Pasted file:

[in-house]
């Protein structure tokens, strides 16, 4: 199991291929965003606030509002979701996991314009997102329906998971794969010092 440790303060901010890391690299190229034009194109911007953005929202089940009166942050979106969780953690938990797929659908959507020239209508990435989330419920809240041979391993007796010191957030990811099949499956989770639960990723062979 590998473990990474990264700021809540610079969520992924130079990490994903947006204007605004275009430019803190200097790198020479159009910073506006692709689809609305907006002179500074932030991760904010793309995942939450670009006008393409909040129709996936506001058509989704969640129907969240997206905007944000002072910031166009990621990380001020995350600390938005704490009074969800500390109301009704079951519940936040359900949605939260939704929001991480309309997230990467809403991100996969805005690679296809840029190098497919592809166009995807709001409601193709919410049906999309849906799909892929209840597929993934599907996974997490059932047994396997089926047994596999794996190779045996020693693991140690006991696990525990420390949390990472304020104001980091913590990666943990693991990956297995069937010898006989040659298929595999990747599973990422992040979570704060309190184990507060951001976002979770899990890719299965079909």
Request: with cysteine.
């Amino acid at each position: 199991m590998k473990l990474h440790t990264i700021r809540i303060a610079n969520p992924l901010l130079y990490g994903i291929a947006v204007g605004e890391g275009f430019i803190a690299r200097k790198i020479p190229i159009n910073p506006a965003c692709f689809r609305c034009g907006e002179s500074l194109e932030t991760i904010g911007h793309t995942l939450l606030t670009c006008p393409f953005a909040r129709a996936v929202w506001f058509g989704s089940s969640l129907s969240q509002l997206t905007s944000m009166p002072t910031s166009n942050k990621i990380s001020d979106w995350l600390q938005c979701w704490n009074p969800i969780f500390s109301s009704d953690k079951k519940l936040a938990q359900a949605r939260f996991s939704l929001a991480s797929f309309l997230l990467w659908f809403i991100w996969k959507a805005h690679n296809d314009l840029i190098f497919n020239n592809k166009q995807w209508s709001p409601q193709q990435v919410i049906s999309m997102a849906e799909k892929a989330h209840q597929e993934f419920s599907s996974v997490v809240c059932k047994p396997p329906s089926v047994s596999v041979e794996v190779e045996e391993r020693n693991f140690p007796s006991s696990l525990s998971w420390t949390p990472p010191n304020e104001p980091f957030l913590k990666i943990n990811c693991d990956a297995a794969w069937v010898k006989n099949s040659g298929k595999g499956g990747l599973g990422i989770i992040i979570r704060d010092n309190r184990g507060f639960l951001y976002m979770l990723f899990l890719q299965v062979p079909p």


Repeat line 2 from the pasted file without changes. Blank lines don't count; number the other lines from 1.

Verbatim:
């Protein structure tokens, strides 16, 4: 199991291929965003606030509002979701996991314009997102329906998971794969010092 440790303060901010890391690299190229034009194109911007953005929202089940009166942050979106969780953690938990797929659908959507020239209508990435989330419920809240041979391993007796010191957030990811099949499956989770639960990723062979 590998473990990474990264700021809540610079969520992924130079990490994903947006204007605004275009430019803190200097790198020479159009910073506006692709689809609305907006002179500074932030991760904010793309995942939450670009006008393409909040129709996936506001058509989704969640129907969240997206905007944000002072910031166009990621990380001020995350600390938005704490009074969800500390109301009704079951519940936040359900949605939260939704929001991480309309997230990467809403991100996969805005690679296809840029190098497919592809166009995807709001409601193709919410049906999309849906799909892929209840597929993934599907996974997490059932047994396997089926047994596999794996190779045996020693693991140690006991696990525990420390949390990472304020104001980091913590990666943990693991990956297995069937010898006989040659298929595999990747599973990422992040979570704060309190184990507060951001976002979770899990890719299965079909």